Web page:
After being blocked for months by lower courts, President Trump’s executive orders that restricted travel from several predominantly Muslim nations have finally reached the Supreme Court. The justices seem focused on one question: Should the president’s authority have anything to do with his personal beliefs?
On today’s episode:
• Adam Liptak, who covers the Supreme Court for The New York Times.
• The Supreme Court’s conservative majority appeared poised to defer to the president’s national security judgments and discount his campaign promises to impose a “Muslim ban.”
• Read annotated excerpts from the arguments before the Supreme Court on the travel ban.
The dismissal of a professional cheerleader has drawn attention to the sports industry, which seemed to be operating outside the #MeToo movement. Until now, that is.
There are a myriad number of additional social reasons to do so, but I’m going to boycott the NFL until they can manage to remedy this kind of toxic environment.
For decades, Americans have believed that the best way to end racial inequality is to end class inequality. But a landmark 30-year study is debunking that logic.
On today’s episode:
• Emily Badger writes about cities and urban policy for The Upshot, The New York Times’s data-driven venture.
• William O. Jawando worked in the Obama administration on My Brother’s Keeper, a mentoring initiative for black boys.
• Extensive data shows the punishing reach of racism for black boys.
This story is both very powerful and painfully depressing for me, and yet I know there are many that are still far worse. I hope we can find something in these statistics that can help drastically improve the paying field.
In my post “The Kolmogorov Option,” I tried to step back from current controversies, and use history to reflect on the broader question of how nerds should behave when their penchant for speaking unpopular truths collides head-on with their desire to be kind and decent and charitable, and to be judged as such by their culture. I was gratified to get positive feedback about this approach from men and women all over the ideological spectrum. However, a few people who I like and respect accused me of “dogwhistling.” They warned, in particular, that if I wouldn’t just come out and say what I thought about the James Damore Google memo thing, then people would assume the very worst—even though, of course, my friends themselves knew better. So in this post, I’ll come out and say what I think. But first, I’ll do something even better: I’ll hand the podium over to two friends, Sarah Constantin and Stacey Jeffery, both of whom were kind enough to email me detailed thoughts in response to my Kolmogorov post.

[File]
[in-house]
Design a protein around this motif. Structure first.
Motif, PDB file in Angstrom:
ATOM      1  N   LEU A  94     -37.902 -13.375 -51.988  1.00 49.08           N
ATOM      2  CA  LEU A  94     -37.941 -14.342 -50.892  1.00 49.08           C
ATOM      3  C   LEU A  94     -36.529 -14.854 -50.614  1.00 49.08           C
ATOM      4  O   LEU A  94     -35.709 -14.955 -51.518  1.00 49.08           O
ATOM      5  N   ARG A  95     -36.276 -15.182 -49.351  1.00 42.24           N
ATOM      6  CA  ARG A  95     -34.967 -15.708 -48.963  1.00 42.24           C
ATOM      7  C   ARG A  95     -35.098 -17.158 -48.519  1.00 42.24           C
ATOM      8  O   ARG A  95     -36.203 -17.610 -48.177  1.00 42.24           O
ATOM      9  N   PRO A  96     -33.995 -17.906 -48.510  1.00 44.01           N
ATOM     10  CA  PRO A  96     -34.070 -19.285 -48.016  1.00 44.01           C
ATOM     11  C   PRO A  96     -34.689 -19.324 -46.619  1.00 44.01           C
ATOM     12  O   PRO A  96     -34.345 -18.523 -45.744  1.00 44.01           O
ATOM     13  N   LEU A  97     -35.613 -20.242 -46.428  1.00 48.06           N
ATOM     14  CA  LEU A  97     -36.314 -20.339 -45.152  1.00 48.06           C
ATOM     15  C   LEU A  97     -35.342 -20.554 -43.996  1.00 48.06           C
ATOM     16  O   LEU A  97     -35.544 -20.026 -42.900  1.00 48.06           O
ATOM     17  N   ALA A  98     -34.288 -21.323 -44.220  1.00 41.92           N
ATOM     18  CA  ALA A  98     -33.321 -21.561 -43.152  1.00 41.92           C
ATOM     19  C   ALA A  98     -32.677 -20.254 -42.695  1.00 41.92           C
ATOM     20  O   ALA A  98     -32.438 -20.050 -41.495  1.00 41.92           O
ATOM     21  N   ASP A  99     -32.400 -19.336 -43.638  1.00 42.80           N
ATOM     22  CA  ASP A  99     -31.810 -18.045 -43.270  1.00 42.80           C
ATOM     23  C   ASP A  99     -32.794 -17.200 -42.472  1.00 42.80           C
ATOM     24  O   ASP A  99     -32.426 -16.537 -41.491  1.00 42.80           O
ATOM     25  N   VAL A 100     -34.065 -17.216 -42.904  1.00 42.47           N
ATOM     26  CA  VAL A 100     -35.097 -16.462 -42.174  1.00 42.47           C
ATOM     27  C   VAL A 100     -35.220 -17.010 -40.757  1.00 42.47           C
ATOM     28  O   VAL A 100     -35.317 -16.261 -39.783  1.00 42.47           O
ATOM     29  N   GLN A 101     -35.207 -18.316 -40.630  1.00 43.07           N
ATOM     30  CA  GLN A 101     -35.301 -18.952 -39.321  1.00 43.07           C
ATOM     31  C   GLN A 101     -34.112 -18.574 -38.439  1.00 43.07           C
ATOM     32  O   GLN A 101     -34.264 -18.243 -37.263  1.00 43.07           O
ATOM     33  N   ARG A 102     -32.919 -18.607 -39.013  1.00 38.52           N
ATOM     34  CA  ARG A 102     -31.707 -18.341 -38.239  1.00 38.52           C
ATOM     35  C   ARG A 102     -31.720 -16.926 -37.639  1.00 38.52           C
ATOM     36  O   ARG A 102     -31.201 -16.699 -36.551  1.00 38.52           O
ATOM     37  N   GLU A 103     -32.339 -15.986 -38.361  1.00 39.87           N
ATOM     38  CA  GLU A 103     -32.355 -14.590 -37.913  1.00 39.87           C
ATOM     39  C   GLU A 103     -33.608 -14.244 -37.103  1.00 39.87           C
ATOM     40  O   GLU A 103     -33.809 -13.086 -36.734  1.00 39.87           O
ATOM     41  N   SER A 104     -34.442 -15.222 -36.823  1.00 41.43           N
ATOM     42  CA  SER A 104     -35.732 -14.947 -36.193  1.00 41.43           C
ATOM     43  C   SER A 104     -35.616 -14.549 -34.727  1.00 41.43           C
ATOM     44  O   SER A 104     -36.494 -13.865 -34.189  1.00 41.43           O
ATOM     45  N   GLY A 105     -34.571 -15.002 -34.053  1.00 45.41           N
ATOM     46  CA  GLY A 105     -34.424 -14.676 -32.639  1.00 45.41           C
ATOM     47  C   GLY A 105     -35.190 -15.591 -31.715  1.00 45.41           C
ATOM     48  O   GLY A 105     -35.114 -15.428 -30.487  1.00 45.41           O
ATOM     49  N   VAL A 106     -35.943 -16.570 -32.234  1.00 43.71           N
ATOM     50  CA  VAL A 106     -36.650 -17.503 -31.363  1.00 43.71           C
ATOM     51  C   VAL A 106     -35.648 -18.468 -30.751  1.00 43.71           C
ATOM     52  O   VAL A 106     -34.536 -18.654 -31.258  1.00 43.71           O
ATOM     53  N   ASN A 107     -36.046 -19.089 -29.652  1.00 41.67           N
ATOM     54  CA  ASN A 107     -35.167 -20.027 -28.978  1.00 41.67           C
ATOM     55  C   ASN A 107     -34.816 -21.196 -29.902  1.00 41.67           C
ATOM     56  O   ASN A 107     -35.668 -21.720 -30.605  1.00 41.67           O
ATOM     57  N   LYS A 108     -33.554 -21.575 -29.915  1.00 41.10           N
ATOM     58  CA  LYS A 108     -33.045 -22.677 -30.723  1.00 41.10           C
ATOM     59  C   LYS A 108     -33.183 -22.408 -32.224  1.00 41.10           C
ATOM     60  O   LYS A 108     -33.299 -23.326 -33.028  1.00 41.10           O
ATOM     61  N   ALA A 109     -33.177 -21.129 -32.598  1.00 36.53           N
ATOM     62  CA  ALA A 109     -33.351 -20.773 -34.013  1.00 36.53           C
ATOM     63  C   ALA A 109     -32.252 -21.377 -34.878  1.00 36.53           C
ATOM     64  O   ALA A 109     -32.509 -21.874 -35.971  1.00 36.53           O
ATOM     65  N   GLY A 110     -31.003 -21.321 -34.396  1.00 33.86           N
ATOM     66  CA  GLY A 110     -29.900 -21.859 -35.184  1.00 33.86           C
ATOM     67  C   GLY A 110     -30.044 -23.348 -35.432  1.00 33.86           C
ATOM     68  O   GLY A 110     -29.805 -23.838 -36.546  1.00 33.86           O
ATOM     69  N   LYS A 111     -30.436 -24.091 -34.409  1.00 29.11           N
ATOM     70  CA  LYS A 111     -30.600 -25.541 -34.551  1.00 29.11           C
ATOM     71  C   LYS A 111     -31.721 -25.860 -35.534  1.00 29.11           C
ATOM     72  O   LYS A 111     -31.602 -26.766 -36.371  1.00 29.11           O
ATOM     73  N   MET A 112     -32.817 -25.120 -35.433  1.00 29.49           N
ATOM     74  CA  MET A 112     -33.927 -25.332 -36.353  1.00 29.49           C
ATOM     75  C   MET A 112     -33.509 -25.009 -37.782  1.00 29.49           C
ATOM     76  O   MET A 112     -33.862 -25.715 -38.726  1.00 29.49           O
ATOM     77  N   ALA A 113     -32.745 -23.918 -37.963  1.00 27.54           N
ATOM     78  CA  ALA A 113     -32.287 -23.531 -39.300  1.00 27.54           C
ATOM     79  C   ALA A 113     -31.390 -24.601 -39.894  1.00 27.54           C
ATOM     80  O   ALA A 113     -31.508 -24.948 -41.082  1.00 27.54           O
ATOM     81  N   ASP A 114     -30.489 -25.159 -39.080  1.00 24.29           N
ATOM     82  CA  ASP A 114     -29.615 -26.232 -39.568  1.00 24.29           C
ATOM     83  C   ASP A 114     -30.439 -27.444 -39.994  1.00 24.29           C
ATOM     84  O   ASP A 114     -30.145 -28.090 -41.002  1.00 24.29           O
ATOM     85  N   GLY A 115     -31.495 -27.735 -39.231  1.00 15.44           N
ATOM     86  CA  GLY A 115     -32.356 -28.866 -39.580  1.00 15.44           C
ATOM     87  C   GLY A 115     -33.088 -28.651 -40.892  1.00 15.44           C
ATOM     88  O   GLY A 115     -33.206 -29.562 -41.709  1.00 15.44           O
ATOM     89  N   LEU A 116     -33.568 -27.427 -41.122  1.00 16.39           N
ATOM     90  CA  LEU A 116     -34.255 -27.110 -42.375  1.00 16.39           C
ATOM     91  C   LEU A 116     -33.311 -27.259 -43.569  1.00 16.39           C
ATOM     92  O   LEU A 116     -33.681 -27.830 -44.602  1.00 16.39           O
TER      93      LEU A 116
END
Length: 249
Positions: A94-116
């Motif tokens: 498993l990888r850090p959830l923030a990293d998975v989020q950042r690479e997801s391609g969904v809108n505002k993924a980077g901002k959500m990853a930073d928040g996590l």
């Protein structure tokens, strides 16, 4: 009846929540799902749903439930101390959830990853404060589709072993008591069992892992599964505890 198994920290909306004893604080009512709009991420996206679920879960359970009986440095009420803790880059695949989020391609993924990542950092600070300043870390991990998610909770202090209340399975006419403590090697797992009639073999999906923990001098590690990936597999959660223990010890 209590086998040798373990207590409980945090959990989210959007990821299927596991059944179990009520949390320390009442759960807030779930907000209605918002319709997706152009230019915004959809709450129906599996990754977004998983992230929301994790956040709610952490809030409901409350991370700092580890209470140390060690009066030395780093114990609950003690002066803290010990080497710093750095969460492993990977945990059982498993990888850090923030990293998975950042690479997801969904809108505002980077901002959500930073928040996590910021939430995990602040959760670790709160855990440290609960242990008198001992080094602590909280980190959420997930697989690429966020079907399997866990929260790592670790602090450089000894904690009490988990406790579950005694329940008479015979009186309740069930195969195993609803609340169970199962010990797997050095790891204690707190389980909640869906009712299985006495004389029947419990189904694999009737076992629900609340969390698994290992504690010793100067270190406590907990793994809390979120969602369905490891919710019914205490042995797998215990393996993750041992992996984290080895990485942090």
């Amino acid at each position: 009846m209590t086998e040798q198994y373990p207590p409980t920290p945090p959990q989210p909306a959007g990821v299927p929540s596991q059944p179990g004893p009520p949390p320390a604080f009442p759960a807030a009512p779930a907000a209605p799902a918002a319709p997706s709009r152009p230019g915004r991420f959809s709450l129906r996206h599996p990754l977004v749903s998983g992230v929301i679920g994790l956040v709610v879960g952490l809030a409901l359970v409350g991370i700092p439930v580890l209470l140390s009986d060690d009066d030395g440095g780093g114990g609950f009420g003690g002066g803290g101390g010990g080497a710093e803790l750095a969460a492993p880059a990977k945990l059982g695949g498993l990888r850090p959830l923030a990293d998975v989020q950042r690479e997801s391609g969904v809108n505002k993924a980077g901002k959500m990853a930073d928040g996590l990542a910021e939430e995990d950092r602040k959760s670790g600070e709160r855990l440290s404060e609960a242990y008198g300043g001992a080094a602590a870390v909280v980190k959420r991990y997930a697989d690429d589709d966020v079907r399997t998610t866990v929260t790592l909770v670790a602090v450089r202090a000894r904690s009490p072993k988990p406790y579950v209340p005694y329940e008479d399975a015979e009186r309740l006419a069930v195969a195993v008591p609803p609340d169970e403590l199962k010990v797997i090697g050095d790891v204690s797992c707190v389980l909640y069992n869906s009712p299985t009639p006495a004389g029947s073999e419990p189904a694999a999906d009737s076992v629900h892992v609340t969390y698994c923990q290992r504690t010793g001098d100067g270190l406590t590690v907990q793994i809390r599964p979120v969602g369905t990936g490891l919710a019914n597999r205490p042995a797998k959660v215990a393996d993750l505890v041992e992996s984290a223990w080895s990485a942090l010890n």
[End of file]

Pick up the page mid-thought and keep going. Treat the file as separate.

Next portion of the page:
Psychology has a golden rule: If I am warm, you are usually warm. If I am hostile, you are too. But what happens if you flip the script and meet hostility with warmth? It's called "noncomplementary behavior" — a mouthful, but a powerful concept, and very hard to execute. Alix and Hanna examine three attempts to pull it off: during a robbery, a terrorism crisis and a dating dry spell.
Wow! Just wow! This concept is certainly worth thinking about in greater depth.
I loved the story of police and harassment; it is particularly interesting given the possible changes we could make in the world using these techniques. It shows what some kindness and consideration can do to reshape the world.
By now a staggering number of people recognize the name of Susan Fowler and have read some account of her experiences of sexism, sexual…
Sexism in the workplace starts long before the job has even begun.
I visited Oxford this week to talk to the Women in Physics group, mainly made up of students and postdocs (not all of whom were women). Tea and excellent scones